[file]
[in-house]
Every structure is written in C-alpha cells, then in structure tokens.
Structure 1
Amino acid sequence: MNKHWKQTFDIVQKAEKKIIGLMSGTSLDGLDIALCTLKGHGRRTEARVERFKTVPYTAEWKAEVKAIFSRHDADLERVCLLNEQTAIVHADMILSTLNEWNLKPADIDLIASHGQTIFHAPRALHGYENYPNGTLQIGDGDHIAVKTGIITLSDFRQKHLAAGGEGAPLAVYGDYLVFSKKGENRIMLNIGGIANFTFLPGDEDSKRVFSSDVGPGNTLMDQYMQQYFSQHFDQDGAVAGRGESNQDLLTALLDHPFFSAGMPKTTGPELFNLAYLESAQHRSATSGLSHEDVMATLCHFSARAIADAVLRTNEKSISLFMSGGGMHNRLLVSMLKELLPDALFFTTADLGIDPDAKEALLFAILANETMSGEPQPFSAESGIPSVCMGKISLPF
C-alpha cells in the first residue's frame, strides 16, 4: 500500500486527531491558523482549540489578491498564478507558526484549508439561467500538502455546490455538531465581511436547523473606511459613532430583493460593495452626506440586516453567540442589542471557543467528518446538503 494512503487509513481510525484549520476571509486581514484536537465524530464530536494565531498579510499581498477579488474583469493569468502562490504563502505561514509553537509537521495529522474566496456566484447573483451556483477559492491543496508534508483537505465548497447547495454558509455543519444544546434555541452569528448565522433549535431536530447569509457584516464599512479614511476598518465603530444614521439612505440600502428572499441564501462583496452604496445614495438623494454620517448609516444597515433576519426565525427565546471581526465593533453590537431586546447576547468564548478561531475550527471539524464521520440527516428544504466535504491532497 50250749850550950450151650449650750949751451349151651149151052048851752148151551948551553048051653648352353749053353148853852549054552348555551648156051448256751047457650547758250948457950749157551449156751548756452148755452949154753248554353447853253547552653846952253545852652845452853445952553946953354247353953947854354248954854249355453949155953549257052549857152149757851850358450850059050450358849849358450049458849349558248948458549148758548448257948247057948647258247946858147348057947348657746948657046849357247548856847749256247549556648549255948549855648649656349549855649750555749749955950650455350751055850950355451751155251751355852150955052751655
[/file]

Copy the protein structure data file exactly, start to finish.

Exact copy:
[in-house]
Every structure is written in C-alpha cells, then in structure tokens.
Structure 1
Amino acid sequence: MNKHWKQTFDIVQKAEKKIIGLMSGTSLDGLDIALCTLKGHGRRTEARVERFKTVPYTAEWKAEVKAIFSRHDADLERVCLLNEQTAIVHADMILSTLNEWNLKPADIDLIASHGQTIFHAPRALHGYENYPNGTLQIGDGDHIAVKTGIITLSDFRQKHLAAGGEGAPLAVYGDYLVFSKKGENRIMLNIGGIANFTFLPGDEDSKRVFSSDVGPGNTLMDQYMQQYFSQHFDQDGAVAGRGESNQDLLTALLDHPFFSAGMPKTTGPELFNLAYLESAQHRSATSGLSHEDVMATLCHFSARAIADAVLRTNEKSISLFMSGGGMHNRLLVSMLKELLPDALFFTTADLGIDPDAKEALLFAILANETMSGEPQPFSAESGIPSVCMGKISLPF
C-alpha cells in the first residue's frame, strides 16, 4: 500500500486527531491558523482549540489578491498564478507558526484549508439561467500538502455546490455538531465581511436547523473606511459613532430583493460593495452626506440586516453567540442589542471557543467528518446538503 494512503487509513481510525484549520476571509486581514484536537465524530464530536494565531498579510499581498477579488474583469493569468502562490504563502505561514509553537509537521495529522474566496456566484447573483451556483477559492491543496508534508483537505465548497447547495454558509455543519444544546434555541452569528448565522433549535431536530447569509457584516464599512479614511476598518465603530444614521439612505440600502428572499441564501462583496452604496445614495438623494454620517448609516444597515433576519426565525427565546471581526465593533453590537431586546447576547468564548478561531475550527471539524464521520440527516428544504466535504491532497 50250749850550950450151650449650750949751451349151651149151052048851752148151551948551553048051653648352353749053353148853852549054552348555551648156051448256751047457650547758250948457950749157551449156751548756452148755452949154753248554353447853253547552653846952253545852652845452853445952553946953354247353953947854354248954854249355453949155953549257052549857152149757851850358450850059050450358849849358450049458849349558248948458549148758548448257948247057948647258247946858147348057947348657746948657046849357247548856847749256247549556648549255948549855648649656349549855649750555749749955950650455350751055850950355451751155251751355852150955052751655